5 Amazon Ad Optimizations To Make Every Week
You've just launched your first ad campaigns and you're ready to watch the sales rollin. Now what? In this video I'll show you five ad optimizations to make to your campaigns to get the most out of your ad spend without breaking the bank. When it comes to Amazon ads, it's not set it and forget it. Seasonal changes, new competition entering the market, rising CPC costs, there's a lot constantly changing you need to keep up with if you are to hit your ACOS goals. And the best way to do that is by fitting regular campaign optimizations into your routine. This video will be split into two parts. We'll start by going over each of the five ad optimizations in this video for part one, and then dive into three different ways you can perform each of the optimizations in part two, so make sure you hit that subscribe button so you don't miss a second part.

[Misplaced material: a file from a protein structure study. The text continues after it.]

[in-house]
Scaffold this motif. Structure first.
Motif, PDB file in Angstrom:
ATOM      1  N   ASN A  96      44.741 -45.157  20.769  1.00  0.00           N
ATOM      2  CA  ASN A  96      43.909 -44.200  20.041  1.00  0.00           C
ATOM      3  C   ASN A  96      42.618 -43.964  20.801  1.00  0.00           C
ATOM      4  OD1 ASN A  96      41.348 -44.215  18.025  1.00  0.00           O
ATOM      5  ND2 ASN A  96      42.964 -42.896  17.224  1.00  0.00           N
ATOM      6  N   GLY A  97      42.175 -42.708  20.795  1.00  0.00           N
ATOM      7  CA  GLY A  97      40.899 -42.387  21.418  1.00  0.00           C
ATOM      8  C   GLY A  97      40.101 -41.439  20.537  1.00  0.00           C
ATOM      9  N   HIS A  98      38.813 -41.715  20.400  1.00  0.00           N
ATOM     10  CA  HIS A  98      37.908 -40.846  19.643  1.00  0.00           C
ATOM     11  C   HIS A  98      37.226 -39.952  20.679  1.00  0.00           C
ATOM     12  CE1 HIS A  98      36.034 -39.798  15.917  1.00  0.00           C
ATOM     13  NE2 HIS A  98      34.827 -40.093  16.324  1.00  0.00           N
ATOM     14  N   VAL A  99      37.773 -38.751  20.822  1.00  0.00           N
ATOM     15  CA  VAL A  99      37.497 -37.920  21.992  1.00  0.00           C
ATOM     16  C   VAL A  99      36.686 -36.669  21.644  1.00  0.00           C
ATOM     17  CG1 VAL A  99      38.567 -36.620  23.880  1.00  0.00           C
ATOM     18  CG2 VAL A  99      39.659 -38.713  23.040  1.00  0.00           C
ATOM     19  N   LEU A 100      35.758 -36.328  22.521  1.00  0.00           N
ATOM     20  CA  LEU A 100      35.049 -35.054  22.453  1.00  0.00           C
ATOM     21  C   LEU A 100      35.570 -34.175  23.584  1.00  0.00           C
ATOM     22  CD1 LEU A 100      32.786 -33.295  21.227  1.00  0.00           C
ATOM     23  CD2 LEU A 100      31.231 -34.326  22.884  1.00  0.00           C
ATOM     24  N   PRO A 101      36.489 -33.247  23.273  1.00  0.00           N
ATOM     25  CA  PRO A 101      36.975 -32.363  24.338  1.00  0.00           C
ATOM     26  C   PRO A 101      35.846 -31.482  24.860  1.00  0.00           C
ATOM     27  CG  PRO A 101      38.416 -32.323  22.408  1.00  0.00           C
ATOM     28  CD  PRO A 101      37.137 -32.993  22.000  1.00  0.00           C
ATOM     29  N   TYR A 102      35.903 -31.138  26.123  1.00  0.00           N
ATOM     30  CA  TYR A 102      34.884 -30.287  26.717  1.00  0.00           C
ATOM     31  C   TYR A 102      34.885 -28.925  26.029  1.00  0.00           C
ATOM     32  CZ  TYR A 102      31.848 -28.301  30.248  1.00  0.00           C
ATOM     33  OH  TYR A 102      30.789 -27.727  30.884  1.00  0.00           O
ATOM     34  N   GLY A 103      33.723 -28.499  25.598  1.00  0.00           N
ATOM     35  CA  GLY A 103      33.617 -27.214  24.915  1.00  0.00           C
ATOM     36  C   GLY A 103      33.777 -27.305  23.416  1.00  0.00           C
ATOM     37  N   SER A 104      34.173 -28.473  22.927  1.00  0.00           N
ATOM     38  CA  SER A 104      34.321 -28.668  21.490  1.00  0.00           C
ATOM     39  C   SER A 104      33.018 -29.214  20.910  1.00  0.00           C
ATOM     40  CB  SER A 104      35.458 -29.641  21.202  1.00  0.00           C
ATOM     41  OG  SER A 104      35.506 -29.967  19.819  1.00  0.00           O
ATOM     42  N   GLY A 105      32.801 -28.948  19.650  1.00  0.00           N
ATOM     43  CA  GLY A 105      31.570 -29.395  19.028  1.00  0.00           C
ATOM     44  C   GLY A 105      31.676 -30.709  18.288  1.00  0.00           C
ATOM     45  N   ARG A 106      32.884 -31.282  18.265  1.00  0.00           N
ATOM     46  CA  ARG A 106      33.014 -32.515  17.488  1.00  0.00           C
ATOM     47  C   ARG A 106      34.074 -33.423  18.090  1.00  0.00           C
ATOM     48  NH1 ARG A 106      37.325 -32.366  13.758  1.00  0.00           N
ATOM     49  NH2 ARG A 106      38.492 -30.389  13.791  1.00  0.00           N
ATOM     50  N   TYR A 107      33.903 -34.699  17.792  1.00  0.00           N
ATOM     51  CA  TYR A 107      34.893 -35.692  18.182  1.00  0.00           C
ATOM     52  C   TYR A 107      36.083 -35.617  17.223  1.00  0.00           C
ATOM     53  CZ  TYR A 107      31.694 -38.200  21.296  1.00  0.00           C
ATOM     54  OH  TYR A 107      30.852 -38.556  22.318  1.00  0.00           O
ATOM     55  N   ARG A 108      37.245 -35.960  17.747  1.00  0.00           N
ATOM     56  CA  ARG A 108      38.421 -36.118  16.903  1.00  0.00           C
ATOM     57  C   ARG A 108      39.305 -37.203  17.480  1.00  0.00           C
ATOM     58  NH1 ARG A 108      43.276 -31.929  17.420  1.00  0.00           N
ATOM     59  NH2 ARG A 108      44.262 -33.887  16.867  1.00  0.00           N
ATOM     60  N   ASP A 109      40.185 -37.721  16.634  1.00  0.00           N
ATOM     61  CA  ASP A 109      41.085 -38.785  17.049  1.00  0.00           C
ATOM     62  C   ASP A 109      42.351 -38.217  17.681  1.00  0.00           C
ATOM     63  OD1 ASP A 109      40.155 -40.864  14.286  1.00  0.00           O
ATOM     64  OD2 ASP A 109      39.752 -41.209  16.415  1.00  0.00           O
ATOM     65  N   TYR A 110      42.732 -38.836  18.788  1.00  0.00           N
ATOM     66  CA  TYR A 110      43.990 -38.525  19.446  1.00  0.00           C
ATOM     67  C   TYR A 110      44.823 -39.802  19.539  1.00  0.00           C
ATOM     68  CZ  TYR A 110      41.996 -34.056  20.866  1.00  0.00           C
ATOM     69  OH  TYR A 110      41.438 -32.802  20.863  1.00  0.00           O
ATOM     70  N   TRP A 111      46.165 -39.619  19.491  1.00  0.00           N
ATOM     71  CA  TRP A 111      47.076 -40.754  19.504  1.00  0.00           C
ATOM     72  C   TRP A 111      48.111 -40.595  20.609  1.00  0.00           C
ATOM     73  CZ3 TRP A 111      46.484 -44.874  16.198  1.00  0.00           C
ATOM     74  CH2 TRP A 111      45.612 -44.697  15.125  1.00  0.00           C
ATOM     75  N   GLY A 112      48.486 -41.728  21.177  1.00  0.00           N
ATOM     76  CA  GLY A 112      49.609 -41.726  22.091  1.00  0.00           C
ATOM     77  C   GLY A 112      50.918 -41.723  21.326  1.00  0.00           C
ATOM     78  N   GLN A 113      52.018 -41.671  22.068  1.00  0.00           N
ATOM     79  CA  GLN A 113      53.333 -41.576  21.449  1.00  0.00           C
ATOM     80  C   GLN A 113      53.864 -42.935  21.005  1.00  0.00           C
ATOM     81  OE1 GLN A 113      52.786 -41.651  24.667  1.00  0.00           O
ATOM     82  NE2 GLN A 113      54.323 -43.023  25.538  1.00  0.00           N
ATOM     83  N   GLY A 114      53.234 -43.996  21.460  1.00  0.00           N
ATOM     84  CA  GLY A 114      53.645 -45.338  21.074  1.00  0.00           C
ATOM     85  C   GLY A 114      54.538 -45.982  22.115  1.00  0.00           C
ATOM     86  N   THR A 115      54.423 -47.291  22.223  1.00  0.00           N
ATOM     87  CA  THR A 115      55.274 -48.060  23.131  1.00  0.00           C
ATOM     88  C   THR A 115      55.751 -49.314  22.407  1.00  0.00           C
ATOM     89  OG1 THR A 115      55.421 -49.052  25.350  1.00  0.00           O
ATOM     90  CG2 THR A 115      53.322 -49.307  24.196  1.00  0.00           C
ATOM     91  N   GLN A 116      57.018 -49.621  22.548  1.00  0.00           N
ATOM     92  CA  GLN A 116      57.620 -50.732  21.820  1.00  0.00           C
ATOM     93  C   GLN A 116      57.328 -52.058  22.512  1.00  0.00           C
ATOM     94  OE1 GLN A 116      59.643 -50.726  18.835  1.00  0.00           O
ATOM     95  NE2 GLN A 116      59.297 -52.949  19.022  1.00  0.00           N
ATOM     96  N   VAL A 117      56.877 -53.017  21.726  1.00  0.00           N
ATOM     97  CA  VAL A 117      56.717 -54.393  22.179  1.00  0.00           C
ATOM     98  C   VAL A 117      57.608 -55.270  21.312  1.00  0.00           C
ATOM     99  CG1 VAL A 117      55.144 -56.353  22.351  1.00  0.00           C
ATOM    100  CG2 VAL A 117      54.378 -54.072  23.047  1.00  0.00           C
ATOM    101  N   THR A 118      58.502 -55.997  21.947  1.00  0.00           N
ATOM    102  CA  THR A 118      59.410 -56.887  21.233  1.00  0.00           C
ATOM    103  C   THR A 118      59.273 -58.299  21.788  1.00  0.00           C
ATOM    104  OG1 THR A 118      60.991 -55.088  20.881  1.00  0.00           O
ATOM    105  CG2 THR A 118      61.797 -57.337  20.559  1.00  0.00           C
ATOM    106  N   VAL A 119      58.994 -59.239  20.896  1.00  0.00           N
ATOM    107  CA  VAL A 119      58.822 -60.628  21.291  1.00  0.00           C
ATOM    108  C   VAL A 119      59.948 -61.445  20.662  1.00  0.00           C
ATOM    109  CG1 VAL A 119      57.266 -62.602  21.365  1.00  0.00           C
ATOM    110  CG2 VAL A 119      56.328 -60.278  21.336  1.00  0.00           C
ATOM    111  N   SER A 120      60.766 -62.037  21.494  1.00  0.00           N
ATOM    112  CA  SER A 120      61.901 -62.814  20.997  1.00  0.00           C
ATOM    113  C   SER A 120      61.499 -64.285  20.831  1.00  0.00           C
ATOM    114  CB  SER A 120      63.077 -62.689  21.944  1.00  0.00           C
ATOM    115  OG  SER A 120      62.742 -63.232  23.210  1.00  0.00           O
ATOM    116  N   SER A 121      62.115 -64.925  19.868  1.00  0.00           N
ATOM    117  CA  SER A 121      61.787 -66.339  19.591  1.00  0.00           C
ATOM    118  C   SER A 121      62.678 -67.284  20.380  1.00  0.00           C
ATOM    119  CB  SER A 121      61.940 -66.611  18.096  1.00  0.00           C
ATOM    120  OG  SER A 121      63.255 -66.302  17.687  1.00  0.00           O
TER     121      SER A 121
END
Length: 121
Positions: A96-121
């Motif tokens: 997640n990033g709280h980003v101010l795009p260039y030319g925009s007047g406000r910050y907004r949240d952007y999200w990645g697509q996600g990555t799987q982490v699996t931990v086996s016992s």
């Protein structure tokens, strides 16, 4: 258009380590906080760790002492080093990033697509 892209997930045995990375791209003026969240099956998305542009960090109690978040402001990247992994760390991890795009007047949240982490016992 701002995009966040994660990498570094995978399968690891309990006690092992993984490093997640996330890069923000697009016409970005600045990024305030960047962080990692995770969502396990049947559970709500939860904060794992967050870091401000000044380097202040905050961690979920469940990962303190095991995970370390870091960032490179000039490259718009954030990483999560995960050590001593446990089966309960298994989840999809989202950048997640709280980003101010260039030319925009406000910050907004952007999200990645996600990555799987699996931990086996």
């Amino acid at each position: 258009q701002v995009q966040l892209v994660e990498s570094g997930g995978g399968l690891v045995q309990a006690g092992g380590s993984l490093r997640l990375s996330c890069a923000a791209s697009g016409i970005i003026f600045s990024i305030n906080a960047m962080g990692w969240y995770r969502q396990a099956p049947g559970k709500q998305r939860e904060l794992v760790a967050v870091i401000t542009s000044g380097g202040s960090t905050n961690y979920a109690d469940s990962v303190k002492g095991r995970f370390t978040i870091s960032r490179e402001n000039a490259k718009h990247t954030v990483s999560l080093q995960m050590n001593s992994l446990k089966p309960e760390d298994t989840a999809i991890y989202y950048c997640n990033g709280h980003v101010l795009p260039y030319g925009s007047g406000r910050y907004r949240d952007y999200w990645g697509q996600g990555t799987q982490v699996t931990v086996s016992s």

Before we start, you'll also need to be familiar with target ACOS or target A-C-O-S. If you don't know what that is, or you haven't set your own target ACOS, pause the video before going any further and check out the link in the description for choosing your ideal ACOS. Throughout these videos. I'll also be using the term targets. A target is the most granular level of your campaigns and where your bids are set. For automatic campaigns. These are the targeting groups close match, loose match, complements and substitutes. And for manual campaigns as your keywords, product targets and category targets. For most of these optimizations you'll be analyzing and optimizing at the target level, not the campaign or ad group level.